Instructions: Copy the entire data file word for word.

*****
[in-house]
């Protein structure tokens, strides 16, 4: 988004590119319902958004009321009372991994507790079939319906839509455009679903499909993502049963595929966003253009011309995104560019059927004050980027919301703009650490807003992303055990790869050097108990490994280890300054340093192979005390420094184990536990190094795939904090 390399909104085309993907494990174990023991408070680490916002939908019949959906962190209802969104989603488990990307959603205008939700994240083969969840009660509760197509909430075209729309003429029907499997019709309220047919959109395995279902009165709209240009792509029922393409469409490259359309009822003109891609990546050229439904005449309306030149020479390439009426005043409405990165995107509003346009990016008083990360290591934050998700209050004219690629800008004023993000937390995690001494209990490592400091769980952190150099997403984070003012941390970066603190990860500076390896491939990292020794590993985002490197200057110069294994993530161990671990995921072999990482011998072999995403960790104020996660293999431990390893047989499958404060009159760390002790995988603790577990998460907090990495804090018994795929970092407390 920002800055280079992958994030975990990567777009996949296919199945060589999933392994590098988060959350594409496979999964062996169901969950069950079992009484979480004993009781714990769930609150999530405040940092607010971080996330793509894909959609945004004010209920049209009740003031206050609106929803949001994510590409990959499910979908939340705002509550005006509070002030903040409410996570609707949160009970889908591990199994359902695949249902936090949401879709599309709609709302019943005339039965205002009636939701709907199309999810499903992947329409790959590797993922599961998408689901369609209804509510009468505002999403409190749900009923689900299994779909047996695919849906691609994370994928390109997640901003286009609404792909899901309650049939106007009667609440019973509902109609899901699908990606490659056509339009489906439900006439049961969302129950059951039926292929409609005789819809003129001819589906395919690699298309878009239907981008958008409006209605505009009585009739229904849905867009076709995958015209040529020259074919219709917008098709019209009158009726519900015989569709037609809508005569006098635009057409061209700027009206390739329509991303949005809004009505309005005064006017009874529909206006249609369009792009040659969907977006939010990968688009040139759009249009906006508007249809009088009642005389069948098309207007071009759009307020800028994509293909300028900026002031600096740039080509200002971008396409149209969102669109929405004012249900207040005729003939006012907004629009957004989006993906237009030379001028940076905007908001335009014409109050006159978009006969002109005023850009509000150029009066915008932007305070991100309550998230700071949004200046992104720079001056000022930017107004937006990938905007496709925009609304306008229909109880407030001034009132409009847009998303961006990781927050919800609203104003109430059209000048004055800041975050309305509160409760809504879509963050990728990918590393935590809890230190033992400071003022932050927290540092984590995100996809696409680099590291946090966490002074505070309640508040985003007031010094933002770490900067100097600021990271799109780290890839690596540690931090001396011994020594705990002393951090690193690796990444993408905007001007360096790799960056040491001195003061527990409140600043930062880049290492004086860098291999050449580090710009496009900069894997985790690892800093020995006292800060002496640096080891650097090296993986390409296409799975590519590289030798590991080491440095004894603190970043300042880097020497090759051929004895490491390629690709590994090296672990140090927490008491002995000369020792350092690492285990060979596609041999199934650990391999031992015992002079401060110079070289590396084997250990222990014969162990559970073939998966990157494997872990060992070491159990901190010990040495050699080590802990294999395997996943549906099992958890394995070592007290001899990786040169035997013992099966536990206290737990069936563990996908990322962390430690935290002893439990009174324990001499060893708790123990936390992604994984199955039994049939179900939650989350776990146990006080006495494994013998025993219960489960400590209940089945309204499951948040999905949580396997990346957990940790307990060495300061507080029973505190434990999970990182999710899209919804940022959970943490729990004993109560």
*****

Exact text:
[in-house]
């Protein structure tokens, strides 16, 4: 988004590119319902958004009321009372991994507790079939319906839509455009679903499909993502049963595929966003253009011309995104560019059927004050980027919301703009650490807003992303055990790869050097108990490994280890300054340093192979005390420094184990536990190094795939904090 390399909104085309993907494990174990023991408070680490916002939908019949959906962190209802969104989603488990990307959603205008939700994240083969969840009660509760197509909430075209729309003429029907499997019709309220047919959109395995279902009165709209240009792509029922393409469409490259359309009822003109891609990546050229439904005449309306030149020479390439009426005043409405990165995107509003346009990016008083990360290591934050998700209050004219690629800008004023993000937390995690001494209990490592400091769980952190150099997403984070003012941390970066603190990860500076390896491939990292020794590993985002490197200057110069294994993530161990671990995921072999990482011998072999995403960790104020996660293999431990390893047989499958404060009159760390002790995988603790577990998460907090990495804090018994795929970092407390 920002800055280079992958994030975990990567777009996949296919199945060589999933392994590098988060959350594409496979999964062996169901969950069950079992009484979480004993009781714990769930609150999530405040940092607010971080996330793509894909959609945004004010209920049209009740003031206050609106929803949001994510590409990959499910979908939340705002509550005006509070002030903040409410996570609707949160009970889908591990199994359902695949249902936090949401879709599309709609709302019943005339039965205002009636939701709907199309999810499903992947329409790959590797993922599961998408689901369609209804509510009468505002999403409190749900009923689900299994779909047996695919849906691609994370994928390109997640901003286009609404792909899901309650049939106007009667609440019973509902109609899901699908990606490659056509339009489906439900006439049961969302129950059951039926292929409609005789819809003129001819589906395919690699298309878009239907981008958008409006209605505009009585009739229904849905867009076709995958015209040529020259074919219709917008098709019209009158009726519900015989569709037609809508005569006098635009057409061209700027009206390739329509991303949005809004009505309005005064006017009874529909206006249609369009792009040659969907977006939010990968688009040139759009249009906006508007249809009088009642005389069948098309207007071009759009307020800028994509293909300028900026002031600096740039080509200002971008396409149209969102669109929405004012249900207040005729003939006012907004629009957004989006993906237009030379001028940076905007908001335009014409109050006159978009006969002109005023850009509000150029009066915008932007305070991100309550998230700071949004200046992104720079001056000022930017107004937006990938905007496709925009609304306008229909109880407030001034009132409009847009998303961006990781927050919800609203104003109430059209000048004055800041975050309305509160409760809504879509963050990728990918590393935590809890230190033992400071003022932050927290540092984590995100996809696409680099590291946090966490002074505070309640508040985003007031010094933002770490900067100097600021990271799109780290890839690596540690931090001396011994020594705990002393951090690193690796990444993408905007001007360096790799960056040491001195003061527990409140600043930062880049290492004086860098291999050449580090710009496009900069894997985790690892800093020995006292800060002496640096080891650097090296993986390409296409799975590519590289030798590991080491440095004894603190970043300042880097020497090759051929004895490491390629690709590994090296672990140090927490008491002995000369020792350092690492285990060979596609041999199934650990391999031992015992002079401060110079070289590396084997250990222990014969162990559970073939998966990157494997872990060992070491159990901190010990040495050699080590802990294999395997996943549906099992958890394995070592007290001899990786040169035997013992099966536990206290737990069936563990996908990322962390430690935290002893439990009174324990001499060893708790123990936390992604994984199955039994049939179900939650989350776990146990006080006495494994013998025993219960489960400590209940089945309204499951948040999905949580396997990346957990940790307990060495300061507080029973505190434990999970990182999710899209919804940022959970943490729990004993109560």